After completing an undergraduate degree in Biological Sciences at the University of East Anglia, I began my PhD with Professor Philip Gilmartin. My project was split between the John Innes Centre and the Earlham Institute.
Our research focussed on characterising genes that function in the heteromorphic self-incompatibility system of heterostylous Primula flowers. During my PhD, I was given the opportunity to get involved with bioinformatics and quickly became engrossed in computing; from BASH scripting to bare metal chip programming in low-level assembly language.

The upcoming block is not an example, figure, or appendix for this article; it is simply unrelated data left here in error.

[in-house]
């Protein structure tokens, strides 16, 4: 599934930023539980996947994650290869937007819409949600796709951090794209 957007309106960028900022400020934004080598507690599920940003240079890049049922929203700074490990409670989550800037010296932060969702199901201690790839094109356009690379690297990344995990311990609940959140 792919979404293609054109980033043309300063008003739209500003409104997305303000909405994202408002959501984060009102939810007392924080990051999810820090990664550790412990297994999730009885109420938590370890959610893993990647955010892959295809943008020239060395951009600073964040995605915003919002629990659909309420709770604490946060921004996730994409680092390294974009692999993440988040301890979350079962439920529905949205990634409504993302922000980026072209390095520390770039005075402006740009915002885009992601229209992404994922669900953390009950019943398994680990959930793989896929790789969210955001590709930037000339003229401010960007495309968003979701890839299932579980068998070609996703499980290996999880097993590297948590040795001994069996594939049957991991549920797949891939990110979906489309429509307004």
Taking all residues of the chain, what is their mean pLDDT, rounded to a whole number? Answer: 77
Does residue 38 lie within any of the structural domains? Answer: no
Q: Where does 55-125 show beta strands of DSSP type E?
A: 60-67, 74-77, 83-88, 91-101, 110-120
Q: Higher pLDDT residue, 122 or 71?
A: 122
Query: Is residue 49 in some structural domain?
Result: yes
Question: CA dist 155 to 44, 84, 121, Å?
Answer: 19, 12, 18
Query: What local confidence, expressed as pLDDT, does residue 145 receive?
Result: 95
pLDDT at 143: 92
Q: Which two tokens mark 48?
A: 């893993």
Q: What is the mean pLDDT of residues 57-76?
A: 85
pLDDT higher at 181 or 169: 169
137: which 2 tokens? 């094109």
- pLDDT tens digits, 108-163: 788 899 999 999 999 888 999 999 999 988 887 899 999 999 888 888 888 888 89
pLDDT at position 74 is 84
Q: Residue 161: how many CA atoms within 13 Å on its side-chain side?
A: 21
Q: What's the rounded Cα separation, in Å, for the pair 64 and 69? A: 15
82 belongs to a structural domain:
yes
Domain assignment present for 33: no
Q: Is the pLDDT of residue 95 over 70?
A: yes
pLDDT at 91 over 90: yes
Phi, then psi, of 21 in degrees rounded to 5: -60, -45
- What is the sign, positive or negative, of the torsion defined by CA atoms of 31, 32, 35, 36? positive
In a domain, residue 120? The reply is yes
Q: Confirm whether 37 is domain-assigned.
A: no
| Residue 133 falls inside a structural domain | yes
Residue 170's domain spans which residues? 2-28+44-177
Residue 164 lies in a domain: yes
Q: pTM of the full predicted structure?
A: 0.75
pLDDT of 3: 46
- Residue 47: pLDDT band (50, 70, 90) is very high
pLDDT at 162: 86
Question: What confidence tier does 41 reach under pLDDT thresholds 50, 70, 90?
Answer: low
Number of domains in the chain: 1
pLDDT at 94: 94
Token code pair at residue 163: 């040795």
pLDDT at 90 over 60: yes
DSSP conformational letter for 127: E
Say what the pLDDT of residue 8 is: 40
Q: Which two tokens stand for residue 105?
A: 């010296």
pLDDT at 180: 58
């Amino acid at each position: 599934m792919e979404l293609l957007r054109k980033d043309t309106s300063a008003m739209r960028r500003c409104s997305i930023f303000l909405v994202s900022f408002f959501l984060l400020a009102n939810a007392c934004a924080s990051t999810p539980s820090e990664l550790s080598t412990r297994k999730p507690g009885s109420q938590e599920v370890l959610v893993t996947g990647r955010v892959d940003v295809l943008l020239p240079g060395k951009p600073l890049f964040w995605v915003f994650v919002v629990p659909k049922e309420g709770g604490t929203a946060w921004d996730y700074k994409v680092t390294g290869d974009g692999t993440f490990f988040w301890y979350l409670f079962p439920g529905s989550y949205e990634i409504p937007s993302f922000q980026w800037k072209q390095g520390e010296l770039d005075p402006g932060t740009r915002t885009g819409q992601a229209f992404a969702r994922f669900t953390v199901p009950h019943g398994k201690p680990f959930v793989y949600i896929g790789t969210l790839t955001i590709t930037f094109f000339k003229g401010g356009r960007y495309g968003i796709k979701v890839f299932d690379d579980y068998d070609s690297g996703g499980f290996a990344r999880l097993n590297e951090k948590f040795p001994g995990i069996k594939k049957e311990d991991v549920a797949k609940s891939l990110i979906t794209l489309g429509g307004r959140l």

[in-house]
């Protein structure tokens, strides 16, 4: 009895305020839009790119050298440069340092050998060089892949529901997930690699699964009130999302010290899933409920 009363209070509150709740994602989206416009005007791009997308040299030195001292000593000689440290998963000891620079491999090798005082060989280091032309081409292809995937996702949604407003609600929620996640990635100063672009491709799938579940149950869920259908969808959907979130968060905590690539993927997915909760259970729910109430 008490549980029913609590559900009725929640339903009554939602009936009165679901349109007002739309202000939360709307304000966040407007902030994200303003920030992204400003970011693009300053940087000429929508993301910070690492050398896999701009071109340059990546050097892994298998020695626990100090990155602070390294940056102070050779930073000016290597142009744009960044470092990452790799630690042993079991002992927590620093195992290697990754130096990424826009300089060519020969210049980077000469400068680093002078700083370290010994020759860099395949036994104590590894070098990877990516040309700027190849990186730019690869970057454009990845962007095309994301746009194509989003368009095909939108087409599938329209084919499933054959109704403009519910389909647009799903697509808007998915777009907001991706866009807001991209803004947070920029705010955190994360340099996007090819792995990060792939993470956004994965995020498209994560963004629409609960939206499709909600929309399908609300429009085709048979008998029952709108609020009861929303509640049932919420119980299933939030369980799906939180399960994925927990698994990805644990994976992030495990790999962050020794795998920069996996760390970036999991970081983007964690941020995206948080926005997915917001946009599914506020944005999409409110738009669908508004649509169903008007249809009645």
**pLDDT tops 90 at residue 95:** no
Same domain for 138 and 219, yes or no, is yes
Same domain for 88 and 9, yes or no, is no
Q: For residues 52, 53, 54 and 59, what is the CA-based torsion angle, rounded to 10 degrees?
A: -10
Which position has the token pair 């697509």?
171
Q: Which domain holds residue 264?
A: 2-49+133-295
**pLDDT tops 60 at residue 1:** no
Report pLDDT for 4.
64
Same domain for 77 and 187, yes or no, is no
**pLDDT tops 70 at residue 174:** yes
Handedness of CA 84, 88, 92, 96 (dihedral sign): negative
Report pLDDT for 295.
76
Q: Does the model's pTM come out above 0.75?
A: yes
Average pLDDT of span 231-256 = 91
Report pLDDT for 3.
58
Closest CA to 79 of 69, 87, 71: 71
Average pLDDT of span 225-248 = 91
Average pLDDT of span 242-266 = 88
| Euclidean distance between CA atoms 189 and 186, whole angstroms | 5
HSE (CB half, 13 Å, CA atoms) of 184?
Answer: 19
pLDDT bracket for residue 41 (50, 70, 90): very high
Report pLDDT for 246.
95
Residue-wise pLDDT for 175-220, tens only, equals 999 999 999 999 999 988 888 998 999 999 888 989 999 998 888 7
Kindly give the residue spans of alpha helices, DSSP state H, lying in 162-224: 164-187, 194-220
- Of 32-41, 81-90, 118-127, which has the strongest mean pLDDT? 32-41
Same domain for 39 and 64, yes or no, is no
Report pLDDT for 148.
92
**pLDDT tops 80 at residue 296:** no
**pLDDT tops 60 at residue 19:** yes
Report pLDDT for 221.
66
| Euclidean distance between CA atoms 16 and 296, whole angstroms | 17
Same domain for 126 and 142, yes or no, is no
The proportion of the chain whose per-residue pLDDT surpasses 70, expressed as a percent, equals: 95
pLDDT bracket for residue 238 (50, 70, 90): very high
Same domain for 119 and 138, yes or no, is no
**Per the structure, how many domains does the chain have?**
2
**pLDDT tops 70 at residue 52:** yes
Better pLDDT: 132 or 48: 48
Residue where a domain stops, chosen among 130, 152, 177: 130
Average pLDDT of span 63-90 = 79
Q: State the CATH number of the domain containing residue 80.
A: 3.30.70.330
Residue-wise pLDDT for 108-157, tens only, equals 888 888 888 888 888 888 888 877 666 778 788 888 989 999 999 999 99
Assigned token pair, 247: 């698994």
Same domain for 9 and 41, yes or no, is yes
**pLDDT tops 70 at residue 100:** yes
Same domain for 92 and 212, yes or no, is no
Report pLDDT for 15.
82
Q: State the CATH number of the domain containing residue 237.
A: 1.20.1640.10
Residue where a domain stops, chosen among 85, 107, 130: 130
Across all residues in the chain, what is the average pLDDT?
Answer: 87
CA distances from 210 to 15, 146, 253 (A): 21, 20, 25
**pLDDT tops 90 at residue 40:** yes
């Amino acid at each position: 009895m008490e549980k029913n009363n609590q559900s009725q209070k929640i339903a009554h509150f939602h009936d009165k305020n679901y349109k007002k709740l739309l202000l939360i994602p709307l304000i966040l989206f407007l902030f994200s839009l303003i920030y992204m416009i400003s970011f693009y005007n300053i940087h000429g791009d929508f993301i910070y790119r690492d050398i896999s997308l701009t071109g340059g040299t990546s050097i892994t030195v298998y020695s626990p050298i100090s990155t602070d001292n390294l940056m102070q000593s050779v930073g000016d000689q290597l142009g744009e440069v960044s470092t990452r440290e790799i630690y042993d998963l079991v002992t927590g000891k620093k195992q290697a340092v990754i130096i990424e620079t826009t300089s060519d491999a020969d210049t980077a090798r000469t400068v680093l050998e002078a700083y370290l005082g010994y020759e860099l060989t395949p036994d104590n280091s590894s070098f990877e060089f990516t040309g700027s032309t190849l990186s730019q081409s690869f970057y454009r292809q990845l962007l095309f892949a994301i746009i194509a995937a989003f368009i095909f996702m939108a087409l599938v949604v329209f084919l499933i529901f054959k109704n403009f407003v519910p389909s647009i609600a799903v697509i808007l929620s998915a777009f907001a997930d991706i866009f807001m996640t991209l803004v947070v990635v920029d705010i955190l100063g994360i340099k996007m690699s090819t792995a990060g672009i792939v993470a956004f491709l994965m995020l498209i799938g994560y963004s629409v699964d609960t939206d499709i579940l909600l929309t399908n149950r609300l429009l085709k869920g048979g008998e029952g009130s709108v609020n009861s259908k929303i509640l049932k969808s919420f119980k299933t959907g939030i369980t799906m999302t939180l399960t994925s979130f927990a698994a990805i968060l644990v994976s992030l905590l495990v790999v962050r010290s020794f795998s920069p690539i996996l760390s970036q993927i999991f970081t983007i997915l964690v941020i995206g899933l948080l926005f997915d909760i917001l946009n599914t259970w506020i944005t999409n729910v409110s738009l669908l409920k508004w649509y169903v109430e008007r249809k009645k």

I am now employed to work on the Darwin Tree of Life project as part of a team aiming to obtain reference genomes for all 66,000 eukaryotic species in the UK. My focus is on population genetics and genome assembly of Hymenoptera species, many of which are important pollinators.